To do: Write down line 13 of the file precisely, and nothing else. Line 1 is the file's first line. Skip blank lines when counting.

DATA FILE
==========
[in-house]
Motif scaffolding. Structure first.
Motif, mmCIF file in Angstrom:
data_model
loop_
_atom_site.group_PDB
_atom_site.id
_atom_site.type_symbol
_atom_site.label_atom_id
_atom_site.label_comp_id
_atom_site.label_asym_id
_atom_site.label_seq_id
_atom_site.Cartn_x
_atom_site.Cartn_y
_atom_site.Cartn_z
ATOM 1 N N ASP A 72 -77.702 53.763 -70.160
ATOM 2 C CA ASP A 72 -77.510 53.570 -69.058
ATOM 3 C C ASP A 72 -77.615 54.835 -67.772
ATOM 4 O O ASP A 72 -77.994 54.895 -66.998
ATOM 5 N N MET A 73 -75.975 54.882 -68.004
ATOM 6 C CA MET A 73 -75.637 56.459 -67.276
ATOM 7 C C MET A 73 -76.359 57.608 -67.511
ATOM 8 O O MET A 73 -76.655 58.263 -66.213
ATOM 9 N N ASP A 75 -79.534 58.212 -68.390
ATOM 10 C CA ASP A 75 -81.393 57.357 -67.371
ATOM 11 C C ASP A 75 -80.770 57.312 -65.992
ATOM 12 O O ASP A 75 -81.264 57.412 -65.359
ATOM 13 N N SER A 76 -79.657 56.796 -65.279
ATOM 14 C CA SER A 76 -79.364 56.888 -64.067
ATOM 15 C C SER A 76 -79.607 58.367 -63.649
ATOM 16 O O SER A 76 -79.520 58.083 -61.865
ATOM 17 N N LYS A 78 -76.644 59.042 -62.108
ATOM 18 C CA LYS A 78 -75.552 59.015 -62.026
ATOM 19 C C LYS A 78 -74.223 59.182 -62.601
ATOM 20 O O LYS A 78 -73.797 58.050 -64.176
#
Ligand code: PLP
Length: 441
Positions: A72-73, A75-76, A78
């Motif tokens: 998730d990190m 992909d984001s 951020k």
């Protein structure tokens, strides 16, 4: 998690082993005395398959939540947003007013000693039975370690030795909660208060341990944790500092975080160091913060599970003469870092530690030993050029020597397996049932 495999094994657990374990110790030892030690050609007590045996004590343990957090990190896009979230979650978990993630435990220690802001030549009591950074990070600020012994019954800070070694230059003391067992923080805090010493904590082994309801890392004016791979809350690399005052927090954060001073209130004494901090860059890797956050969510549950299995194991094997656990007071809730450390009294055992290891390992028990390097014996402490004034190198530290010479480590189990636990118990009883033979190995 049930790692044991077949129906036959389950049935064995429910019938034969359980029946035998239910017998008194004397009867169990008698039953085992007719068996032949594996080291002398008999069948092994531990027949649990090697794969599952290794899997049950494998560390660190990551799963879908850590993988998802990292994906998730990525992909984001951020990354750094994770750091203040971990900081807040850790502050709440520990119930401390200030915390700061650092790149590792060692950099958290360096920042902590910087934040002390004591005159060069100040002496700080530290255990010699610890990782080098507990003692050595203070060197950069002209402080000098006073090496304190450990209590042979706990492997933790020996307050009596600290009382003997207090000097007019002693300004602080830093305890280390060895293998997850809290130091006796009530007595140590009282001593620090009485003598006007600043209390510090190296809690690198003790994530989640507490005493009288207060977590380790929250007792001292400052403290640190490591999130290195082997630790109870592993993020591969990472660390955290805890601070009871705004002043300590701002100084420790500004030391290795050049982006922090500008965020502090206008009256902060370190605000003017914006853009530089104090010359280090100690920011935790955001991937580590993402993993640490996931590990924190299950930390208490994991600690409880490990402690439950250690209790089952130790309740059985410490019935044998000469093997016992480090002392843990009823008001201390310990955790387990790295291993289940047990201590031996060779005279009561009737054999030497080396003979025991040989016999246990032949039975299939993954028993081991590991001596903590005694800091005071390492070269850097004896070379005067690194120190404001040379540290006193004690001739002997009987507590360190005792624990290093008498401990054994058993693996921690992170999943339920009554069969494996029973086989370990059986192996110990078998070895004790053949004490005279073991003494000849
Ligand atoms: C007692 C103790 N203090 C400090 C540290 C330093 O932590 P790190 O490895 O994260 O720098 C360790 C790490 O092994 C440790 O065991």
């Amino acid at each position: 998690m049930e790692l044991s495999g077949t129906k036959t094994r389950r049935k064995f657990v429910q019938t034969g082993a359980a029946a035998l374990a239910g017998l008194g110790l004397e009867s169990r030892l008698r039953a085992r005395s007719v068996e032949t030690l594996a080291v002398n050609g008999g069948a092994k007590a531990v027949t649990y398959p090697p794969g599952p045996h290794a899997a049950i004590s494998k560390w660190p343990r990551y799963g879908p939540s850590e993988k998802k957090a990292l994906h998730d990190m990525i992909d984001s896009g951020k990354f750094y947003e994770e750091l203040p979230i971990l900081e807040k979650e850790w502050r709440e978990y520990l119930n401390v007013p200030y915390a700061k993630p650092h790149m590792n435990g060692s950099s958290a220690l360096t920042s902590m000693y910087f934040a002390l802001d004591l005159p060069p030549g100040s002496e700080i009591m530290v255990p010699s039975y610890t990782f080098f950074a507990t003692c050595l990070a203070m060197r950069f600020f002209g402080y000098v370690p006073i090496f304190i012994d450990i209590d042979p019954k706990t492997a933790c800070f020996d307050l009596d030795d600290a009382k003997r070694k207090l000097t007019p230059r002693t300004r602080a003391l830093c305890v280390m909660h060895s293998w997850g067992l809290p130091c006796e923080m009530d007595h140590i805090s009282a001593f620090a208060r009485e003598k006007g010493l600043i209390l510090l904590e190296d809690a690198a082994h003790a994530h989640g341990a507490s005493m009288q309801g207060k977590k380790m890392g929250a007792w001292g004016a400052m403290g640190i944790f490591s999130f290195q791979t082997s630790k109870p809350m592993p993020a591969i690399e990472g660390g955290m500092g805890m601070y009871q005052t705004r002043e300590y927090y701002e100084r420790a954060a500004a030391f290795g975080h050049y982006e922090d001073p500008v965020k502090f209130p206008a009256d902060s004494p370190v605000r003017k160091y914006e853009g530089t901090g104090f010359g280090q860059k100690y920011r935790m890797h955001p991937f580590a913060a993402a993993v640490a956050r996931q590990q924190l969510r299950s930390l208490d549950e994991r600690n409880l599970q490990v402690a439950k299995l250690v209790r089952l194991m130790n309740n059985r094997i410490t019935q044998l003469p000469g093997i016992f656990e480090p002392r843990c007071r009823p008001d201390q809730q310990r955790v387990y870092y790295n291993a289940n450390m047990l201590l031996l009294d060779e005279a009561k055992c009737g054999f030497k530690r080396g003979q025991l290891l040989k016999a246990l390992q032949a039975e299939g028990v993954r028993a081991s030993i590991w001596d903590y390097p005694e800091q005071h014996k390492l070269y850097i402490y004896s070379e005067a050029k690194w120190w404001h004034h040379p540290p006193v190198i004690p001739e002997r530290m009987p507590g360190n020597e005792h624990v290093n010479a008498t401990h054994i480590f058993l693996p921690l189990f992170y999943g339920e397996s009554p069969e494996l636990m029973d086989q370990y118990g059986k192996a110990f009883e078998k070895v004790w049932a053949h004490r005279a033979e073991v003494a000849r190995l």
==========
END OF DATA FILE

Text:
_atom_site.Cartn_x